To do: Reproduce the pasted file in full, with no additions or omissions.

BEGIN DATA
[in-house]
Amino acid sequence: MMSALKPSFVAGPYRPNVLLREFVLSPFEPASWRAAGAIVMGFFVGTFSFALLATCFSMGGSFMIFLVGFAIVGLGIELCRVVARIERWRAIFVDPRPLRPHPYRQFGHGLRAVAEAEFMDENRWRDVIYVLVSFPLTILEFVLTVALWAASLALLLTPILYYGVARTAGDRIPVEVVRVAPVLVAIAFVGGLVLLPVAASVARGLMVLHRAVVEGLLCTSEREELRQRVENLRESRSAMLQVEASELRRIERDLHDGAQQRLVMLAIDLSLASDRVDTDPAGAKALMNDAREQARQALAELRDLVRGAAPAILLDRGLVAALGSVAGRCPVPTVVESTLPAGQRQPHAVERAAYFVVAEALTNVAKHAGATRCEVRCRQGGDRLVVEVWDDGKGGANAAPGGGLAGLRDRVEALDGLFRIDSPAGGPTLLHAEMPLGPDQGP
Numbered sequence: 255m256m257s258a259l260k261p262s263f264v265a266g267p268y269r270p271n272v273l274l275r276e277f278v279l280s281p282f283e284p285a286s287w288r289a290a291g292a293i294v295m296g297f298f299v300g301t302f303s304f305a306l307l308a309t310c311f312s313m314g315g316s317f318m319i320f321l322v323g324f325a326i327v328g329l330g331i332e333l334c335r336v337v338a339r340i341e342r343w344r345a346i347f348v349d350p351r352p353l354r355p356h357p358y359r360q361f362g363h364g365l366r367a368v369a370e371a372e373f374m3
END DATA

[in-house]
Amino acid sequence: MMSALKPSFVAGPYRPNVLLREFVLSPFEPASWRAAGAIVMGFFVGTFSFALLATCFSMGGSFMIFLVGFAIVGLGIELCRVVARIERWRAIFVDPRPLRPHPYRQFGHGLRAVAEAEFMDENRWRDVIYVLVSFPLTILEFVLTVALWAASLALLLTPILYYGVARTAGDRIPVEVVRVAPVLVAIAFVGGLVLLPVAASVARGLMVLHRAVVEGLLCTSEREELRQRVENLRESRSAMLQVEASELRRIERDLHDGAQQRLVMLAIDLSLASDRVDTDPAGAKALMNDAREQARQALAELRDLVRGAAPAILLDRGLVAALGSVAGRCPVPTVVESTLPAGQRQPHAVERAAYFVVAEALTNVAKHAGATRCEVRCRQGGDRLVVEVWDDGKGGANAAPGGGLAGLRDRVEALDGLFRIDSPAGGPTLLHAEMPLGPDQGP
Numbered sequence: 255m256m257s258a259l260k261p262s263f264v265a266g267p268y269r270p271n272v273l274l275r276e277f278v279l280s281p282f283e284p285a286s287w288r289a290a291g292a293i294v295m296g297f298f299v300g301t302f303s304f305a306l307l308a309t310c311f312s313m314g315g316s317f318m319i320f321l322v323g324f325a326i327v328g329l330g331i332e333l334c335r336v337v338a339r340i341e342r343w344r345a346i347f348v349d350p351r352p353l354r355p356h357p358y359r360q361f362g363h364g365l366r367a368v369a370e371a372e373f374m3